Footbridge case[change | change source]
Philosophers invented the footbridge problem as a better version of the emergency room problem. Unlike in the emergency room problem, there are no societal systems that get in the way, for example the doctor's education or people deciding not to go to the emergency room.
In the footbridge problem, the agent is standing on a small bridge over a trolley track. Again, there is a trolley with no brakes moving very fast to five people. It will hit and kill the people if nothing stops it. They cannot move out of the way. There is also a second person on the footbridge. If the agent pushes this one person off the footbridge, then their body will stop the trolley, saving the five other people. But the one person whom the agent has pushed will die. In this problem, the person the agent would push is big and fat enough to stop the trolley, but the agent is not.
Others[change | change source]
Other variations on the trolley problem include when the agent knows some or all of the people on the tracks. Another is when the big fat person on the footbridge put the five people on the track on purpose so they would be run over. Another is when the one person whom the trolley can run over instead of the other five is a person taking a nap in a hammock instead of someone standing on a trolley track.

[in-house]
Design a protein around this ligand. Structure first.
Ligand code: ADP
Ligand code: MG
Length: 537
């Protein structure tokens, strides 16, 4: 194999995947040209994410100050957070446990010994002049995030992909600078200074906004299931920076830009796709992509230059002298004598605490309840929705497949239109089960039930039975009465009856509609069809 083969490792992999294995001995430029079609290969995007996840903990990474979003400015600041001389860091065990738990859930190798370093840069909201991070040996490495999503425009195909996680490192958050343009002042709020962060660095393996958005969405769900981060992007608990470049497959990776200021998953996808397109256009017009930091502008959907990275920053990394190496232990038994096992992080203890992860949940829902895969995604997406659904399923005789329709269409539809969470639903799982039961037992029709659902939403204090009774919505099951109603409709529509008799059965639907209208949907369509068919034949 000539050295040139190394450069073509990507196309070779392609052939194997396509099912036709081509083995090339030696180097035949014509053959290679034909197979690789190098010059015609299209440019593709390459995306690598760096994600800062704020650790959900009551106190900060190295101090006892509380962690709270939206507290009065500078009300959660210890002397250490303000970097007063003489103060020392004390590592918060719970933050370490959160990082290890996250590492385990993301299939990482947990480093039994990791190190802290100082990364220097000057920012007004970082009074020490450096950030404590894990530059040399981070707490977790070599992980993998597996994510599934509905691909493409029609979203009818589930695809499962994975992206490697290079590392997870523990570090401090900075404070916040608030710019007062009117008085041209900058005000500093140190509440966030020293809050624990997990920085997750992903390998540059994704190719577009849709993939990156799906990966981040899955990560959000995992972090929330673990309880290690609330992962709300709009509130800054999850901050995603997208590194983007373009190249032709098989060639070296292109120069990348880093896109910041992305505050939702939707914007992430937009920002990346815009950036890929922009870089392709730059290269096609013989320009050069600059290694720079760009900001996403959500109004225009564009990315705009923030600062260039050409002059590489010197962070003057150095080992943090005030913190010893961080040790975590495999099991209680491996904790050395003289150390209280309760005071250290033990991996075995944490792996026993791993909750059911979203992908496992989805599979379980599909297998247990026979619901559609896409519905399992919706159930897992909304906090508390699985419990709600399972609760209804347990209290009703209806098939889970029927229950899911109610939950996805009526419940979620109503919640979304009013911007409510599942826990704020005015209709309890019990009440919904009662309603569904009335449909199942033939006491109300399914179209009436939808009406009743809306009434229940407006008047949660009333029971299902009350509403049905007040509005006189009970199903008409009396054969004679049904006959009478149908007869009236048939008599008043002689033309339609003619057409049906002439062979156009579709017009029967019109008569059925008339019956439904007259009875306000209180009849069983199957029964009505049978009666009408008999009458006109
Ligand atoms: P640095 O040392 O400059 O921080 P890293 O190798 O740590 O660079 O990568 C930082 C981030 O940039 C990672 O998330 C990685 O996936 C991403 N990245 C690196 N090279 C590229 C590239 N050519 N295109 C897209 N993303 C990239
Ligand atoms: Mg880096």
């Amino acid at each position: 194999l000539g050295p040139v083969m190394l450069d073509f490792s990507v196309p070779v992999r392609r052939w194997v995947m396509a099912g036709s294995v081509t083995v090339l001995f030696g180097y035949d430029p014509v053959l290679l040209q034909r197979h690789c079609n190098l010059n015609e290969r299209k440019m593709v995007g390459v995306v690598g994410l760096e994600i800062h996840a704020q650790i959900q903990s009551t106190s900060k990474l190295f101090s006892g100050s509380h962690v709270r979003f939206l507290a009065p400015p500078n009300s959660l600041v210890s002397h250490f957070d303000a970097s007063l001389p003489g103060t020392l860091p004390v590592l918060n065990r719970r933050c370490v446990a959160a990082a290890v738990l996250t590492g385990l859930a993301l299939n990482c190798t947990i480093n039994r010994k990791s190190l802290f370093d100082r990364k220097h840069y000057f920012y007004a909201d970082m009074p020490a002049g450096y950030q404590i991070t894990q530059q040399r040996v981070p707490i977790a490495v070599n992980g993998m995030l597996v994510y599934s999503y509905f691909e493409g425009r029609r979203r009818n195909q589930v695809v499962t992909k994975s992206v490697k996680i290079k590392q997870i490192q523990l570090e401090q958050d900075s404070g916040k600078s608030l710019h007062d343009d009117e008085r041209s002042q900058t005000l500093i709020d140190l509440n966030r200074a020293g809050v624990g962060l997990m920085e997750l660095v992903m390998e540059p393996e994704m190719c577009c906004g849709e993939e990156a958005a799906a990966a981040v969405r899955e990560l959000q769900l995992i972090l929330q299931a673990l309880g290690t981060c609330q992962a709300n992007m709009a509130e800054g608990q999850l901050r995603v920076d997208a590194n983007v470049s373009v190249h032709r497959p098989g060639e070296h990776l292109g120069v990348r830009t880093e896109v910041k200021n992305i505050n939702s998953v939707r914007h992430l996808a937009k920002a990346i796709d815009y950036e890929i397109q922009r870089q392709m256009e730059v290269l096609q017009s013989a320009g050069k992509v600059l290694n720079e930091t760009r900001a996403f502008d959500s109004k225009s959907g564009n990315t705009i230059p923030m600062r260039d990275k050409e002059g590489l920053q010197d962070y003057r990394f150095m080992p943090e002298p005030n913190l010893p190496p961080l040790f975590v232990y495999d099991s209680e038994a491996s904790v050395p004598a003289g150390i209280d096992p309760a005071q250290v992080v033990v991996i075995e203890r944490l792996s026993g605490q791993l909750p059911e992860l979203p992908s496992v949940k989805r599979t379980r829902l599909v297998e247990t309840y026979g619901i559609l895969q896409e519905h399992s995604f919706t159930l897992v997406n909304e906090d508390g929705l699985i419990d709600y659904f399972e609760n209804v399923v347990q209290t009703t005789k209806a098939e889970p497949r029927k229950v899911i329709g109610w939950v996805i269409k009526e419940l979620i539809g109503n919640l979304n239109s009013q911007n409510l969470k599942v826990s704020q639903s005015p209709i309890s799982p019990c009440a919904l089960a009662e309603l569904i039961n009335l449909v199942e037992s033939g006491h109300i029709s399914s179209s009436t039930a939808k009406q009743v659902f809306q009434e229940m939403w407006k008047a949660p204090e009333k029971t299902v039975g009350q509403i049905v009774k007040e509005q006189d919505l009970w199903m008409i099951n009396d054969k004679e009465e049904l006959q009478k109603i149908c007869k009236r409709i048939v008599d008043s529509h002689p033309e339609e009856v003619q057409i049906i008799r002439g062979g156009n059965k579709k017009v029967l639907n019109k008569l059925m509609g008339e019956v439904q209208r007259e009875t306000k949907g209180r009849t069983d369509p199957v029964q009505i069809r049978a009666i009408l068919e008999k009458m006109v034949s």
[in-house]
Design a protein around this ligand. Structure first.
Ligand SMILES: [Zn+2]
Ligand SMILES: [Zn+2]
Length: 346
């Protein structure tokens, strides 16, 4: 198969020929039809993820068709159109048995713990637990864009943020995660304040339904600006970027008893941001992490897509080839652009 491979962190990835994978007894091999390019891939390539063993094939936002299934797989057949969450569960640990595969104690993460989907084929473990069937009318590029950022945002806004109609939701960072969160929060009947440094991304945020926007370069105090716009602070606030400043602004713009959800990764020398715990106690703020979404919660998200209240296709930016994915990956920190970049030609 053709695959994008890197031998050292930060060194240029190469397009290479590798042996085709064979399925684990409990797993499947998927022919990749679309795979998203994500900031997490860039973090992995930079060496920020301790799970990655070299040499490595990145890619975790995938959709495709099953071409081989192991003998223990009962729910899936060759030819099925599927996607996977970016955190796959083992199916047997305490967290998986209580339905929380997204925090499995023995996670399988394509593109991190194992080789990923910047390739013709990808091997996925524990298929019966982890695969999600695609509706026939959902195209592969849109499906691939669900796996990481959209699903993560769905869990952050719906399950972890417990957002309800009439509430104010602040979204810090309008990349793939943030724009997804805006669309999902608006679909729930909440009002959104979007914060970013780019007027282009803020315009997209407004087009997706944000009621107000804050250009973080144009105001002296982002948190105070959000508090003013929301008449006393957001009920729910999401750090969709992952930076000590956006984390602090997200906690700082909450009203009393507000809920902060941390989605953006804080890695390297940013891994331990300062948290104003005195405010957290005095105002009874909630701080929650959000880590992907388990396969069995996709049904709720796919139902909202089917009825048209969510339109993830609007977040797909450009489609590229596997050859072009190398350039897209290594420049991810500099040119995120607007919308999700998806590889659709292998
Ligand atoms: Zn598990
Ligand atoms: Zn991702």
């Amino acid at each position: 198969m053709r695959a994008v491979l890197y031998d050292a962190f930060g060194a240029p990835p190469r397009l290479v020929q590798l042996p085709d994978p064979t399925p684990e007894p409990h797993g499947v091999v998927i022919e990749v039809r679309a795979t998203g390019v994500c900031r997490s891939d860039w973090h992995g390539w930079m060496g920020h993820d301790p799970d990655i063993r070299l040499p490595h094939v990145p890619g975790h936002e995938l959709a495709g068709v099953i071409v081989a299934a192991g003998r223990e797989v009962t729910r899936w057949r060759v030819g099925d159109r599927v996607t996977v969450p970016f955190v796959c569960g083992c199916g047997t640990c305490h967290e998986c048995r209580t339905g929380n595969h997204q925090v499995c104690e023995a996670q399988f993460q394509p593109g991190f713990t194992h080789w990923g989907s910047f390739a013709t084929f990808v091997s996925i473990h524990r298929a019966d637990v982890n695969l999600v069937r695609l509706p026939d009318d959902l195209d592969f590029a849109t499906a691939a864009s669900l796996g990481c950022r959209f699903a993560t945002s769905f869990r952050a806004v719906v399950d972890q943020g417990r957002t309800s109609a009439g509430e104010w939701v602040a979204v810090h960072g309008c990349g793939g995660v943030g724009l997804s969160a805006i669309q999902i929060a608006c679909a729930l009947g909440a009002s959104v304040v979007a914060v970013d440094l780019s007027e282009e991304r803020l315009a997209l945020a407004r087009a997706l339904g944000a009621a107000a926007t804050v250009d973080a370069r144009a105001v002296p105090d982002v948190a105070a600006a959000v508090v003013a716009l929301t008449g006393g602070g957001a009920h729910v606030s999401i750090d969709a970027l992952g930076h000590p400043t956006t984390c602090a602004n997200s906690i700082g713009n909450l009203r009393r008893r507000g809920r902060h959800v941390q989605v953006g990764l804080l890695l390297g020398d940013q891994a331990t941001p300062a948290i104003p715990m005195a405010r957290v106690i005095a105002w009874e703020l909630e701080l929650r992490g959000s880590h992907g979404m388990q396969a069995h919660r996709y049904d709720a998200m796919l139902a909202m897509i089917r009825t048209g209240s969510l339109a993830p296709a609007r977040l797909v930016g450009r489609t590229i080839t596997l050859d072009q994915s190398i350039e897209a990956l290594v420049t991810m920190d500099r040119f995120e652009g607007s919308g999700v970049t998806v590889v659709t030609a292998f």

In the brain[change | change source]
A team of scientists led by Joshua Greene put people in an fMRI machine to watch what their brains did while they thought about the trolley problem and its other versions. When people thought about pulling the trolley switch to kill one person instead of five, the parts of the brain that do cool, rational thinking (the prefrontal cortex) lit up. When people thought about pushing a fat man onto the track, the parts of their brain that do emotion (the amygdala) lit up. The people decided not to push the fat man onto the track. Greene and the other scientists said they think human beings are more likely to make moral decisions using intuition when they are feeling emotions, for example the disgust they feel at the thought of killing an innocent fat man. Green and the other scientists said they think human beings are more likely to make decisions using logic when their emotions are not involved.
In popular culture[change | change source]
References[change | change source]
- "Philippa Foot, Renowned Philosopher, Dies at 90". The New York Times. October 9, 2010. Retrieved September 7, 2020.
- "The Trolley Problem" (PDF). Brandeis University. Retrieved September 7, 2020.
- Lauren Cassani Davis (October 9, 2015). "Would You Pull the Trolley Switch? Does it Matter?". The Atlantic. Retrieved September 7, 2020.
- JD Greene; RB Sommerville; LE Nystrom; JM Darley; JD Cohen (September 14, 2001). "An fMRI investigation of emotional engagement in moral judgment". Science. 293 (5537): 2105–2018. Bibcode:2001Sci...293.2105G. doi:10.1126/science.1062872. PMID 11557895. S2CID 1437941. Retrieved September 7, 2020.